American Eden: David Hosack, Botany, and Medicine in the Garden of the Early Republic

American Eden: David Hosack, Botany, and Medicine in the Garden of the Early Republic

On a clear morning in July 1804, Alexander Hamilton stepped onto a boat at the edge of the Hudson River. He was bound for a New Jersey dueling ground to settle his bitter dispute with Aaron Burr. Hamilton took just two men with him: his “second” for the duel, and Dr. David Hosack.

As historian Victoria Johnson reveals in her groundbreaking biography, Hosack was one of the few points the duelists did agree on. Summoned that morning because of his role as the beloved Hamilton family doctor, he was also a close friend of Burr. A brilliant surgeon and a world-class botanist, Hosack—who until now has been lost in the fog of history—was a pioneering thinker who shaped a young nation.

Born in New York City, he was educated in Europe and returned to America inspired by his newfound knowledge. He assembled a plant collection so spectacular and diverse that it amazes botanists today, conducted some of the first pharmaceutical research in the United States, and introduced new surgeries to American. His tireless work championing public health and science earned him national fame and praise from the likes of Thomas Jefferson, James Madison, Alexander von Humboldt, and the Marquis de Lafayette.

One goal drove Hosack above all others: to build the Republic’s first botanical garden. Despite innumerable obstacles and near-constant resistance, Hosack triumphed when, by 1810, his Elgin Botanic Garden at last crowned twenty acres of Manhattan farmland. “Where others saw real estate and power, Hosack saw the landscape as a pharmacopoeia able to bring medicine into the modern age” (Eric W. Sanderson, author of Mannahatta). Today what remains of America’s first botanical garden lies in the heart of midtown, buried beneath Rockefeller Center.
Whether collecting specimens along the banks of the Hudson River, lecturing before a class of rapt medical students, or breaking the fever of a young Philip Hamilton, David Hosack was an American visionary who has been too long forgotten. Alongside other towering figures of the post-Revolutionary generation, he took the reins of a nation. In unearthing the dramatic story of his life, Johnson offers a lush depiction of the man who gave a new voice to the powers and perils of nature.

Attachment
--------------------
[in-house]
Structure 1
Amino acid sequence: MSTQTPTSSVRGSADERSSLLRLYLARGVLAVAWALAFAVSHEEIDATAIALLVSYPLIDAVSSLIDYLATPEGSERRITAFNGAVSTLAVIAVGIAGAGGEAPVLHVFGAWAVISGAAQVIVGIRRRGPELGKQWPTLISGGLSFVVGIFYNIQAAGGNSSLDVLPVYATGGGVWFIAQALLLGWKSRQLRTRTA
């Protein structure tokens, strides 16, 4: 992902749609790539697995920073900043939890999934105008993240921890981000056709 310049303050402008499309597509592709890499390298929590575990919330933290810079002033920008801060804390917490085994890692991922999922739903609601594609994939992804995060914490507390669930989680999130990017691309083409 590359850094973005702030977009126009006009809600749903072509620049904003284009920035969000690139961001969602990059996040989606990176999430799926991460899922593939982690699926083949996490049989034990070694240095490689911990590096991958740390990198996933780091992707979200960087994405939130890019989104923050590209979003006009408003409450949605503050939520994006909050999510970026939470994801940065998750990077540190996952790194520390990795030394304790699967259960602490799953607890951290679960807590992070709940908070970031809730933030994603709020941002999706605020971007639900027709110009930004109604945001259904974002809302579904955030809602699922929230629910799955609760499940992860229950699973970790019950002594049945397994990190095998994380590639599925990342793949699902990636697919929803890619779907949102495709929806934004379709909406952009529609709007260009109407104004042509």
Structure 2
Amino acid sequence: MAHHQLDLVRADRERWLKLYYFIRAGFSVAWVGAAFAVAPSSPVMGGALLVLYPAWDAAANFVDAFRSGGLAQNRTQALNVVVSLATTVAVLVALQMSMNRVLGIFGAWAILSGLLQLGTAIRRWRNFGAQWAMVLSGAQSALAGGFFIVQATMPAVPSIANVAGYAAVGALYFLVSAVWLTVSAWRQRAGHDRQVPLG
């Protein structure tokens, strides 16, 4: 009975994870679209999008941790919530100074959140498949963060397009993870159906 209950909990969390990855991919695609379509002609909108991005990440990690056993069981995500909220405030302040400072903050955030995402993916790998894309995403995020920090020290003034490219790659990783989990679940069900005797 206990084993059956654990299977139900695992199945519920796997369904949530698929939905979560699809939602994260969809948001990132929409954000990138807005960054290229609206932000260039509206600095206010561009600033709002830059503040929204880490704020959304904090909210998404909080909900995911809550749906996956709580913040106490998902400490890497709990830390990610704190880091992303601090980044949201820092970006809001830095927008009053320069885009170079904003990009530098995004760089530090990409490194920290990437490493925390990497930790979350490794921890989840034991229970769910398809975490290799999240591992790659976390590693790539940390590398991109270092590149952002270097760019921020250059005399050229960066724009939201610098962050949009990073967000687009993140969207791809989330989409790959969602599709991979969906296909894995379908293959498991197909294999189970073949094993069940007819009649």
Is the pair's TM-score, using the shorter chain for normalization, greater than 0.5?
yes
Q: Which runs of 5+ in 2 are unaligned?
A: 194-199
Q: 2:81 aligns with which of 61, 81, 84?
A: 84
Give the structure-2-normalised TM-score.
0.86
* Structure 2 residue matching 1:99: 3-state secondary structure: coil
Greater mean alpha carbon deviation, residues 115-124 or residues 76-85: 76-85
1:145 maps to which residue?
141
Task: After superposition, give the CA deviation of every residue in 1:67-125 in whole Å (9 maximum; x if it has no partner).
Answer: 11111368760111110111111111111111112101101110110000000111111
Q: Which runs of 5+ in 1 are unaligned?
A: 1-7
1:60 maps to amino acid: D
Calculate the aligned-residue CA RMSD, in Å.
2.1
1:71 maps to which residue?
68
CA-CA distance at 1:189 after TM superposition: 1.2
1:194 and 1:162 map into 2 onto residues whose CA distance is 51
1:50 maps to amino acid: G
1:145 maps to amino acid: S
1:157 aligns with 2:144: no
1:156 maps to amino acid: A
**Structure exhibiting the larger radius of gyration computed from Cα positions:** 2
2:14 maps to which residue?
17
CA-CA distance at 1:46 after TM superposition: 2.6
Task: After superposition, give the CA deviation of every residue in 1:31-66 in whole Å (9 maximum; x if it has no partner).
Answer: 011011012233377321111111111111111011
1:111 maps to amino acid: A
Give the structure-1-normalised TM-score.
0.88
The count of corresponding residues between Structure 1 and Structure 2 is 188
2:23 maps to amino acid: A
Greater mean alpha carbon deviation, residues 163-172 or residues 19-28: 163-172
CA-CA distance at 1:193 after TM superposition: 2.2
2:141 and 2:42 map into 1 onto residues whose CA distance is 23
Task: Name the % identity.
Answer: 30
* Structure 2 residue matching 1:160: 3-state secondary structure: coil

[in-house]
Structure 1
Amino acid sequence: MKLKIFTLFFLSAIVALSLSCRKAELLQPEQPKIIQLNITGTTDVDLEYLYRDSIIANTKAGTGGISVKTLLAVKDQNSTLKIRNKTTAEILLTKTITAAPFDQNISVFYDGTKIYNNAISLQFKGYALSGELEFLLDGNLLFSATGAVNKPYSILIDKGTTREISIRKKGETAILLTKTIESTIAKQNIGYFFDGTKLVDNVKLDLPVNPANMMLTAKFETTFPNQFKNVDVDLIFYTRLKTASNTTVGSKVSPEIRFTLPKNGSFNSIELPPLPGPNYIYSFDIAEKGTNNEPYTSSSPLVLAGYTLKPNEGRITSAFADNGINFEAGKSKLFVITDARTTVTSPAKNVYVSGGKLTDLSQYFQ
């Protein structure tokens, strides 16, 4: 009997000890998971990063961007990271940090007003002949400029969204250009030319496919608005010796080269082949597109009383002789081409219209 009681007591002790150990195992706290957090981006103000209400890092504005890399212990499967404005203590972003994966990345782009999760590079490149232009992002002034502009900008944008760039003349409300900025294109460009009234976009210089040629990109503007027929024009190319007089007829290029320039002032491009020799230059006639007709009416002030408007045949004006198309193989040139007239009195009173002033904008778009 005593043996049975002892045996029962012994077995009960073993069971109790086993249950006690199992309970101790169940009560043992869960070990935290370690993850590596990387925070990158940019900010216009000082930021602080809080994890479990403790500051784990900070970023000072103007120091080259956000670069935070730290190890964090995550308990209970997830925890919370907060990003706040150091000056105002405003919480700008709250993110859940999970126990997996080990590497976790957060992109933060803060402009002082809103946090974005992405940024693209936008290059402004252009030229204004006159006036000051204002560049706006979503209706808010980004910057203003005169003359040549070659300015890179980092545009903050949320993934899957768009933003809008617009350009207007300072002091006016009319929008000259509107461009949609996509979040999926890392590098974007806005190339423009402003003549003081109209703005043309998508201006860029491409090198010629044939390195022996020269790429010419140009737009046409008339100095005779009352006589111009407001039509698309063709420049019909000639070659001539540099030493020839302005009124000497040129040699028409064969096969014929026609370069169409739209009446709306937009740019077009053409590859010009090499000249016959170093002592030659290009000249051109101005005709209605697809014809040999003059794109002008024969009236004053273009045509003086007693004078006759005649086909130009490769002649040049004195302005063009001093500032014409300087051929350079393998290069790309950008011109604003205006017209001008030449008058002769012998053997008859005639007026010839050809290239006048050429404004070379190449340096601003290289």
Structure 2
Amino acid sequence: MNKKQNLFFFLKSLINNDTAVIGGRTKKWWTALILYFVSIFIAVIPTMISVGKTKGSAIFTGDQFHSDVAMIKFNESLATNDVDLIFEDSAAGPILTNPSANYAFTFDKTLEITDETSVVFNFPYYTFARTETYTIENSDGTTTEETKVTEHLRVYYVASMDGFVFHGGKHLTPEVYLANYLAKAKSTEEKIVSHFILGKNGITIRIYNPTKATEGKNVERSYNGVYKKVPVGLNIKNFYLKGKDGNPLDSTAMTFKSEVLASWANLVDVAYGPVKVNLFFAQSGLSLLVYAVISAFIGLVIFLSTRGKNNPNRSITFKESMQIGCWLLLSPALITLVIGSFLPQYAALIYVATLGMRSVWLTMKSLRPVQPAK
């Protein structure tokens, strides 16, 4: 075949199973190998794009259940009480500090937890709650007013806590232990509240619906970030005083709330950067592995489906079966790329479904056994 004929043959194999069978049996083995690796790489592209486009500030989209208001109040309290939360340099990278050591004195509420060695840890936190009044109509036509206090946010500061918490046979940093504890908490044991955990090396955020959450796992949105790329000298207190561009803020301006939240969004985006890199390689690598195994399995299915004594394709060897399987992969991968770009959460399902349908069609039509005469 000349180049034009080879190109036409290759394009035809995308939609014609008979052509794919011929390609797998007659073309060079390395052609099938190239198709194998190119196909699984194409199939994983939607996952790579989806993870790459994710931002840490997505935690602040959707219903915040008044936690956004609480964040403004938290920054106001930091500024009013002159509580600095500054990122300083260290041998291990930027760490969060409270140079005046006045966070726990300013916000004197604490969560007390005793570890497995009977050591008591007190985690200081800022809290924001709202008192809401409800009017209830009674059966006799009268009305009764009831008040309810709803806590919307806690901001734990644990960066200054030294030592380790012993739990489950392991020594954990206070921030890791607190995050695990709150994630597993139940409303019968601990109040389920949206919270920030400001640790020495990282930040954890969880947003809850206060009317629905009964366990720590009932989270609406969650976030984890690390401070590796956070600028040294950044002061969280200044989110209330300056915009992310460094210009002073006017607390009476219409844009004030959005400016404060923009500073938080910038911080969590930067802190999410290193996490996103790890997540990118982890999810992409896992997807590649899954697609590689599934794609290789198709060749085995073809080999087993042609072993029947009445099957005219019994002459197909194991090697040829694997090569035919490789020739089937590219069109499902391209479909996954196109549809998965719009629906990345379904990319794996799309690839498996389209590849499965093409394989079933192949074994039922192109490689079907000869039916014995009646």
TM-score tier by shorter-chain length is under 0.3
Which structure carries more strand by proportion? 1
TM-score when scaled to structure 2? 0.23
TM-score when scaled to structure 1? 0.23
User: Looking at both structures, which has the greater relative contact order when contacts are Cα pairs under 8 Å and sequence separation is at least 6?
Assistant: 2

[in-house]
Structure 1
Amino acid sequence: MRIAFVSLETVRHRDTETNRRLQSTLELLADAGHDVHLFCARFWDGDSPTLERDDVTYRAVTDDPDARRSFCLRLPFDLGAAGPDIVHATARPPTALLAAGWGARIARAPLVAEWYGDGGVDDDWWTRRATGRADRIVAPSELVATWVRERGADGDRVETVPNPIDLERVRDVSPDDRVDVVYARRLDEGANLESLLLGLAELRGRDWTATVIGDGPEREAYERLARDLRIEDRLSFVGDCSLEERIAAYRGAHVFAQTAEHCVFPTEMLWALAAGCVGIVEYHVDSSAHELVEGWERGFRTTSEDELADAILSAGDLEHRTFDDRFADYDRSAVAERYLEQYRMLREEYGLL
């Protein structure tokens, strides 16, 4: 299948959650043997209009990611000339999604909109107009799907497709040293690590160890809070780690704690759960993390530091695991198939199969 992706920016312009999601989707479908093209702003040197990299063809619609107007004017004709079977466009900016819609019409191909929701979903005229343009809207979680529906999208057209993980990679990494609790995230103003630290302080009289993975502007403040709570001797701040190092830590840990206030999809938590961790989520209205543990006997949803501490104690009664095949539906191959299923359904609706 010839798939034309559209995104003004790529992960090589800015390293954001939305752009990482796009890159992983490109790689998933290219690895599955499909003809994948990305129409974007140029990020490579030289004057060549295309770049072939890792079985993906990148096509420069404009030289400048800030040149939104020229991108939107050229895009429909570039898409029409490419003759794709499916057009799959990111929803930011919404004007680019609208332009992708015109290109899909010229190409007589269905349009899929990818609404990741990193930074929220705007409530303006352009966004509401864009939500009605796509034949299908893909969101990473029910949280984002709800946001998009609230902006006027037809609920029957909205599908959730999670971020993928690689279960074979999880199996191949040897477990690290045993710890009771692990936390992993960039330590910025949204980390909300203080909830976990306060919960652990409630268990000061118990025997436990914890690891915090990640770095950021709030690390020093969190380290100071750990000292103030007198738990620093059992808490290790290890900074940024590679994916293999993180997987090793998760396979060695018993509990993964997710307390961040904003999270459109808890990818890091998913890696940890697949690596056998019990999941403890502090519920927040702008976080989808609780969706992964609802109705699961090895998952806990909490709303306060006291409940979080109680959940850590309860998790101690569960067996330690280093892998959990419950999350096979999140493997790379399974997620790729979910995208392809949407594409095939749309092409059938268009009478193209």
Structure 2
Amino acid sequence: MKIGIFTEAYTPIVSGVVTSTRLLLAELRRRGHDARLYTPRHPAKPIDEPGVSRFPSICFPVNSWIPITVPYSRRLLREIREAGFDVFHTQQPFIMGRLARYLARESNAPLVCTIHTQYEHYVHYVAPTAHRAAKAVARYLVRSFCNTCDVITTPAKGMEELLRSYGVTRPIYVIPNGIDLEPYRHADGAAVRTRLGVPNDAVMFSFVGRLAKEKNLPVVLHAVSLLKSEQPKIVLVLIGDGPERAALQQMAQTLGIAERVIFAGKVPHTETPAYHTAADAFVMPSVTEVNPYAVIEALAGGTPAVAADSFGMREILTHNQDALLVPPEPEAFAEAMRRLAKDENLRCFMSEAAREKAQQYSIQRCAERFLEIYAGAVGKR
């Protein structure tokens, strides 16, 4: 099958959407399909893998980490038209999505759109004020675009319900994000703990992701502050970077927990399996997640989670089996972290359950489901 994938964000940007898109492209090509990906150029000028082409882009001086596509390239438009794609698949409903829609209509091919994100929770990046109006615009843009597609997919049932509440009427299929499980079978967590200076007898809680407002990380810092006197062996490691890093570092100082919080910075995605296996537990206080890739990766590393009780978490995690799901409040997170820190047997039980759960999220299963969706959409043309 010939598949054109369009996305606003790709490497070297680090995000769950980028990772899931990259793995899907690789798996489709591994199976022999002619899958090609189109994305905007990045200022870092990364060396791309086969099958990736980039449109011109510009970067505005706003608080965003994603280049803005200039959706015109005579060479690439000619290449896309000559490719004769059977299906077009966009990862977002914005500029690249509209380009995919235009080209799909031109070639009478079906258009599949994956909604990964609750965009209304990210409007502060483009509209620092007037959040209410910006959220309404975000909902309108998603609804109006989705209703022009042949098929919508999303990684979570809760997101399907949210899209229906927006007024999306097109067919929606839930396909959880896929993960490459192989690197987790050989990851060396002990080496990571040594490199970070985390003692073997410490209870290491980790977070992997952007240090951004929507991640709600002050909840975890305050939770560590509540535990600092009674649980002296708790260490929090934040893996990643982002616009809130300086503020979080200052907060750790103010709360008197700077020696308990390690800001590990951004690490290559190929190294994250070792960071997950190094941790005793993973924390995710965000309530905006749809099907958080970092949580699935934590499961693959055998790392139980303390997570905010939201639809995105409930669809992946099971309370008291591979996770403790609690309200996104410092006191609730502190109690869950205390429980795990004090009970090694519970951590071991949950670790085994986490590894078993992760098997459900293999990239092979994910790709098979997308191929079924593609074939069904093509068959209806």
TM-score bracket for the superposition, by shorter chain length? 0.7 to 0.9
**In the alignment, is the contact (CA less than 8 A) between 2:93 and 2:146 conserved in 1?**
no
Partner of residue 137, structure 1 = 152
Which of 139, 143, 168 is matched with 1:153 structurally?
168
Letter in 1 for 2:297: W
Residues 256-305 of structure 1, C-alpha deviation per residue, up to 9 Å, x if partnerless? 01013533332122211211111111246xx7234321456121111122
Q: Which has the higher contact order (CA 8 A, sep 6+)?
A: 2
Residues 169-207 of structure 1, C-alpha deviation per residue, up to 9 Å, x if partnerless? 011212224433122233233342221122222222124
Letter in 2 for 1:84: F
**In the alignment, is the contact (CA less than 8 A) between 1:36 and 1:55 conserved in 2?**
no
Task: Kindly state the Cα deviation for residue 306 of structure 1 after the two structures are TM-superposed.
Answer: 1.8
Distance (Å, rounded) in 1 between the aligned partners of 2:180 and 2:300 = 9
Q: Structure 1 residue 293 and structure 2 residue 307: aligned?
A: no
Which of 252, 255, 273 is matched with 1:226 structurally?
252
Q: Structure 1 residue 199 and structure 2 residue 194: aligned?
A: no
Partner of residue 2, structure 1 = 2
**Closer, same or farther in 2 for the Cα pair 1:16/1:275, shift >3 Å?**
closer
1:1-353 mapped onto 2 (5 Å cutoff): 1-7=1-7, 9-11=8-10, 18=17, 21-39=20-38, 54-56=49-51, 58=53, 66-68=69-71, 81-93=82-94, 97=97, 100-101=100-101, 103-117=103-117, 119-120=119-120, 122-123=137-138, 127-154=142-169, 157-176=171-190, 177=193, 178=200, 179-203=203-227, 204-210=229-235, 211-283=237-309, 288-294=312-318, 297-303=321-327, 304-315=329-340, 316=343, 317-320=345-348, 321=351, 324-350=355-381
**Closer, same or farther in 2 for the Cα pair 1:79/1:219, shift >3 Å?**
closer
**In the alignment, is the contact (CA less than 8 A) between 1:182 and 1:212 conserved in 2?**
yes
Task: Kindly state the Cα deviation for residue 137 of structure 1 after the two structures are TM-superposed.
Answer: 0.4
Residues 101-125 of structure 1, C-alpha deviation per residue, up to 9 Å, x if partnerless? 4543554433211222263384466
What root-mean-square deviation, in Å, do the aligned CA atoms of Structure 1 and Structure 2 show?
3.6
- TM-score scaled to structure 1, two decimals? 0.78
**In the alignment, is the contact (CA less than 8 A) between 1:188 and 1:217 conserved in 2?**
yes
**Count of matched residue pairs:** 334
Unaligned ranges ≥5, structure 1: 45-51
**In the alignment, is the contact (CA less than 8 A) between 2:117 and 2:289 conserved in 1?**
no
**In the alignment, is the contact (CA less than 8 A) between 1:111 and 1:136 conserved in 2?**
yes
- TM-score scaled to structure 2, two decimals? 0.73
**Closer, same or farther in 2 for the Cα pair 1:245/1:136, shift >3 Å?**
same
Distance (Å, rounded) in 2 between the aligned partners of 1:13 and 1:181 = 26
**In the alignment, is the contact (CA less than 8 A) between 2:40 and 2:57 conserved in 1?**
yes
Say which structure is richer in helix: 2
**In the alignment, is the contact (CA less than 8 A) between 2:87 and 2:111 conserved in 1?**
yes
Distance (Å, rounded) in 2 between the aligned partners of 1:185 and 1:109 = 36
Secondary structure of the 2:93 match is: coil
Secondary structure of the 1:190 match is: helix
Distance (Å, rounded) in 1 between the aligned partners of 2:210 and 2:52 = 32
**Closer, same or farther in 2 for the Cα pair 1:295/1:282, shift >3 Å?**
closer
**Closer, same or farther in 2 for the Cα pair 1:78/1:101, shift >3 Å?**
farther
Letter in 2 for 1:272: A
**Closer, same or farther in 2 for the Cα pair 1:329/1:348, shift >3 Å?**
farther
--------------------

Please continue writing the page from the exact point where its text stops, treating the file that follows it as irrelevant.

Title:American Eden: David Hosack, Botany, and Medicine in the Garden of the Early Republic
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About Victoria Johnson

Victoria Johnson loves history, gardens, and opera. She earned her undergraduate degree in philosophy at Yale and her doctorate in sociology at Columbia. She teaches on the history of philanthropy, the arts, the natural environment, and New York City at Hunter College of the City University of New York. Her latest book, AMERICAN EDEN, is a biography of the doctor at the Hamilton-Burr duel, David H

    American Eden: David Hosack, Botany, and Medicine in the Garden of the Early Republic Reviews

  • Shelley

    This is a great view of medical science/practice/botany/pharmacology in the early Republic, and to illustrate how important science was to the founding and next generation. You know, before willful ig...

  • Anna

    If you are into history especially medical history. This is the book for you. I learned so many fascinating facts about American medicine from this book. I’ve never actually taken the time to consid...

  • Maryellie

    American Eden is the story of Dr. Hosack a doctor who believed botany and the study of plants would help medicine. In the late 1700's and 1800's he created a garden in what is now Rockefeller Center. ...

  • Kathleen

    American Eden is a well-researched, readable, compelling history of the life of David Hosack. His life provides an engrossing narrative including descriptions of botany, medicine and political network...

  • Gaby Chapman

    The birth of a nation and one New York City botanist/doctor who dedicated his life to putting medicine and botanical science on a par with the Old World...